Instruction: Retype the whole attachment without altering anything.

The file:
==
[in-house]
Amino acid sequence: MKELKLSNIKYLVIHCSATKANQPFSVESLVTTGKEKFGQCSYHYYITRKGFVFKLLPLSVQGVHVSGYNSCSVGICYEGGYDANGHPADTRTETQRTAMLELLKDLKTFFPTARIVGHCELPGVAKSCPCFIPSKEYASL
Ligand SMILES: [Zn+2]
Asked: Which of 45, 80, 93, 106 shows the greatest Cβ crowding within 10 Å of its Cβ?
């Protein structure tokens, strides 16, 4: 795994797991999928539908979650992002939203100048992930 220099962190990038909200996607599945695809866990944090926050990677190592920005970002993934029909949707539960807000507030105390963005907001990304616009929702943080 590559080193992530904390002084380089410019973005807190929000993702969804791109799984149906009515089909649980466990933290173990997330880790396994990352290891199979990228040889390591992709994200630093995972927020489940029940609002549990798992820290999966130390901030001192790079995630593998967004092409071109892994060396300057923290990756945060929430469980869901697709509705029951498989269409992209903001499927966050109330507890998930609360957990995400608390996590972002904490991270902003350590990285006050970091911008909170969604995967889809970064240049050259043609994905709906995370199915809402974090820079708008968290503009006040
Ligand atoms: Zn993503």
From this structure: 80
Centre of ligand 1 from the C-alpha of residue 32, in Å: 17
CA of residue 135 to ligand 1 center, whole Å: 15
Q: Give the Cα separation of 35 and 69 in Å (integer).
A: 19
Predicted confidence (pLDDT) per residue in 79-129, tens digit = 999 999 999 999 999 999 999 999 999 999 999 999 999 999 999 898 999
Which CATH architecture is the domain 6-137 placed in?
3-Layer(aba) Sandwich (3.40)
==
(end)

[in-house]
Amino acid sequence: MKELKLSNIKYLVIHCSATKANQPFSVESLVTTGKEKFGQCSYHYYITRKGFVFKLLPLSVQGVHVSGYNSCSVGICYEGGYDANGHPADTRTETQRTAMLELLKDLKTFFPTARIVGHCELPGVAKSCPCFIPSKEYASL
Ligand SMILES: [Zn+2]
Asked: Which of 45, 80, 93, 106 shows the greatest Cβ crowding within 10 Å of its Cβ?
């Protein structure tokens, strides 16, 4: 795994797991999928539908979650992002939203100048992930 220099962190990038909200996607599945695809866990944090926050990677190592920005970002993934029909949707539960807000507030105390963005907001990304616009929702943080 590559080193992530904390002084380089410019973005807190929000993702969804791109799984149906009515089909649980466990933290173990997330880790396994990352290891199979990228040889390591992709994200630093995972927020489940029940609002549990798992820290999966130390901030001192790079995630593998967004092409071109892994060396300057923290990756945060929430469980869901697709509705029951498989269409992209903001499927966050109330507890998930609360957990995400608390996590972002904490991270902003350590990285006050970091911008909170969604995967889809970064240049050259043609994905709906995370199915809402974090820079708008968290503009006040
Ligand atoms: Zn993503």
From this structure: 80
Centre of ligand 1 from the C-alpha of residue 32, in Å: 17
CA of residue 135 to ligand 1 center, whole Å: 15
Q: Give the Cα separation of 35 and 69 in Å (integer).
A: 19
Predicted confidence (pLDDT) per residue in 79-129, tens digit = 999 999 999 999 999 999 999 999 999 999 999 999 999 999 999 898 999
Which CATH architecture is the domain 6-137 placed in?
3-Layer(aba) Sandwich (3.40)